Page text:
With the increasing role of the Nags in development activities they are now attracting professionals from various other sectors, and capacities are being built in support areas such as financial management, resource manipulation, human resources, leadership development, governance procedures and practices and institutional development. At another level Nags have been addressing the social service issues and empowerment related advocacy efforts have been increasing. The study conducted by a New Delhi based MONGO concluded that every fifth MONGO in India works on the Issues AT community Ana social service. I nee Devoured Locations AT ten governments and the political will to involve Nags is more pronounced in implementation of the welfare schemes addressing causes of women and children. Further, the industrial policies have influenced the formation and relations between the businesses and Nags.

The Confederation of Indian Industries (C”), a leading organization, has been raising the issues of corporate social responsibility. The emphasis of industrial policies on the promotion and development of small, cottage and village industries has also lead to the formation of agencies such as the Jihad ND Village Industries Commission, Small Industries Associations and likes. Profiling Nags: India has possibly the largest number of active non-government, non-profit organizations in the world. There has been a sharp increase in the number of new Nags in the past decade in India. According to a government study, there were only 1. 44 lack registered societies till 1970.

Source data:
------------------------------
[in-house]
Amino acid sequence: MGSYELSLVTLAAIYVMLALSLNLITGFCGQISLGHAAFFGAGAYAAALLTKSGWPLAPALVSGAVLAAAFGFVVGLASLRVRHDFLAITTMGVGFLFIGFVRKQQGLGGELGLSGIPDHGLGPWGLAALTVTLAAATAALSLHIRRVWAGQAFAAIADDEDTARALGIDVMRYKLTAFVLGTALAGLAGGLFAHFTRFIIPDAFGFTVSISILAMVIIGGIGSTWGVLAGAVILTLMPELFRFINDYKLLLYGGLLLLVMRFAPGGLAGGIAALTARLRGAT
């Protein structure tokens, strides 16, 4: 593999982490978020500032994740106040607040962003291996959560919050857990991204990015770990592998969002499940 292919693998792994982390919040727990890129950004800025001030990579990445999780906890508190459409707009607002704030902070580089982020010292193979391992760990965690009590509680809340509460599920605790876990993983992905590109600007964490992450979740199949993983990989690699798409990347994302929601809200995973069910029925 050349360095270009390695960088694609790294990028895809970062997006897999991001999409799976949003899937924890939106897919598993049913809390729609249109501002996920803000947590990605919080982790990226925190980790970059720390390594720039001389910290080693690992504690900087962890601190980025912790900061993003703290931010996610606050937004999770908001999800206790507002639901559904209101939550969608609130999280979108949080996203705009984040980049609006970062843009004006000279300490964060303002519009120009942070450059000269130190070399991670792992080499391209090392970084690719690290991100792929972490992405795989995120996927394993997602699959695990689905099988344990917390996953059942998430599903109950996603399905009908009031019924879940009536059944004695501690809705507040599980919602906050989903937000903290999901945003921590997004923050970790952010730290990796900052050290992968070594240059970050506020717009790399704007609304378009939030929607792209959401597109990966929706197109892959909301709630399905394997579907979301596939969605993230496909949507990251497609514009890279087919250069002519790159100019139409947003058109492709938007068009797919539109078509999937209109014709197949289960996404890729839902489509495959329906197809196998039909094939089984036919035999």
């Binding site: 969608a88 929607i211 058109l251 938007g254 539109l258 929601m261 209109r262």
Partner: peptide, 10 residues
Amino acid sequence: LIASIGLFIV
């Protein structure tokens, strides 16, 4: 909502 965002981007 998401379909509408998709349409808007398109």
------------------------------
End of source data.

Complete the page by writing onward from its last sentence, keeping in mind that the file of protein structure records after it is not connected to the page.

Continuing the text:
The maximum increase in the number of registrations happened after 2000. A recent study commissioned by the government showed that there are about 3. 3 million Nags in India by the end of 2009 I. E. , one MONGO for less than an average of 400 Indians. Even this staggering number may be less than the actual number of Nags active in the country. This is because the study, commissioned in 2008, took into consideration only those entities which were registered under the Societies Registration Act, 1860 or the Iambi Public Trust Act and its variants in other states. 6 It can be noted that a great majority of the Nags are small and about three-fourths of all Nags are run entirely by volunteers.